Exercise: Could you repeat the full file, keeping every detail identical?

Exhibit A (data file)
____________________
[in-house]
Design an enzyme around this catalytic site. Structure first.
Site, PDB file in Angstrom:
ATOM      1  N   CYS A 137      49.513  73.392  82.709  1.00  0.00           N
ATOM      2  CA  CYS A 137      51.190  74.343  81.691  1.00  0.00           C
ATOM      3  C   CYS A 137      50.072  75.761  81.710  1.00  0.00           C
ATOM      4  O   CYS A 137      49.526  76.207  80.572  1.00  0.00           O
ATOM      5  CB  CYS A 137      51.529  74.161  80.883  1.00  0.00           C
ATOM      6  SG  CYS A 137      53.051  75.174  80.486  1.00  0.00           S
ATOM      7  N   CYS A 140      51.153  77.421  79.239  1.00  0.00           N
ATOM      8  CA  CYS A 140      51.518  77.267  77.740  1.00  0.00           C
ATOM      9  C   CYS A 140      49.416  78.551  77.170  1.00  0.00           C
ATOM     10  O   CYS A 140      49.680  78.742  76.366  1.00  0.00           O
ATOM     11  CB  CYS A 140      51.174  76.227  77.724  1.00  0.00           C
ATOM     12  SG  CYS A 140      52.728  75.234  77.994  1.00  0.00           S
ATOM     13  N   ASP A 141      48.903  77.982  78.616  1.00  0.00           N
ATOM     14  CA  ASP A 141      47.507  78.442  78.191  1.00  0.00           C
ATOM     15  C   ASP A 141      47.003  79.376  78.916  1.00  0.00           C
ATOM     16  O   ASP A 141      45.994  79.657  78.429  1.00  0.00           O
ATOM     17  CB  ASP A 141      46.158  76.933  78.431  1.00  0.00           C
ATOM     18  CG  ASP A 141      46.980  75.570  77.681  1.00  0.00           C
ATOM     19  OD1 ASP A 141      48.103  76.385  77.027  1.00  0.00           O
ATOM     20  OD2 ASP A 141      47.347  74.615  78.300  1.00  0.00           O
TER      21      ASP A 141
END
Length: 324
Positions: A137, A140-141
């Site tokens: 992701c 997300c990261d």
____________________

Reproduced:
[in-house]
Design an enzyme around this catalytic site. Structure first.
Site, PDB file in Angstrom:
ATOM      1  N   CYS A 137      49.513  73.392  82.709  1.00  0.00           N
ATOM      2  CA  CYS A 137      51.190  74.343  81.691  1.00  0.00           C
ATOM      3  C   CYS A 137      50.072  75.761  81.710  1.00  0.00           C
ATOM      4  O   CYS A 137      49.526  76.207  80.572  1.00  0.00           O
ATOM      5  CB  CYS A 137      51.529  74.161  80.883  1.00  0.00           C
ATOM      6  SG  CYS A 137      53.051  75.174  80.486  1.00  0.00           S
ATOM      7  N   CYS A 140      51.153  77.421  79.239  1.00  0.00           N
ATOM      8  CA  CYS A 140      51.518  77.267  77.740  1.00  0.00           C
ATOM      9  C   CYS A 140      49.416  78.551  77.170  1.00  0.00           C
ATOM     10  O   CYS A 140      49.680  78.742  76.366  1.00  0.00           O
ATOM     11  CB  CYS A 140      51.174  76.227  77.724  1.00  0.00           C
ATOM     12  SG  CYS A 140      52.728  75.234  77.994  1.00  0.00           S
ATOM     13  N   ASP A 141      48.903  77.982  78.616  1.00  0.00           N
ATOM     14  CA  ASP A 141      47.507  78.442  78.191  1.00  0.00           C
ATOM     15  C   ASP A 141      47.003  79.376  78.916  1.00  0.00           C
ATOM     16  O   ASP A 141      45.994  79.657  78.429  1.00  0.00           O
ATOM     17  CB  ASP A 141      46.158  76.933  78.431  1.00  0.00           C
ATOM     18  CG  ASP A 141      46.980  75.570  77.681  1.00  0.00           C
ATOM     19  OD1 ASP A 141      48.103  76.385  77.027  1.00  0.00           O
ATOM     20  OD2 ASP A 141      47.347  74.615  78.300  1.00  0.00           O
TER      21      ASP A 141
END
Length: 324
Positions: A137, A140-141
């Site tokens: 992701c 997300c990261d």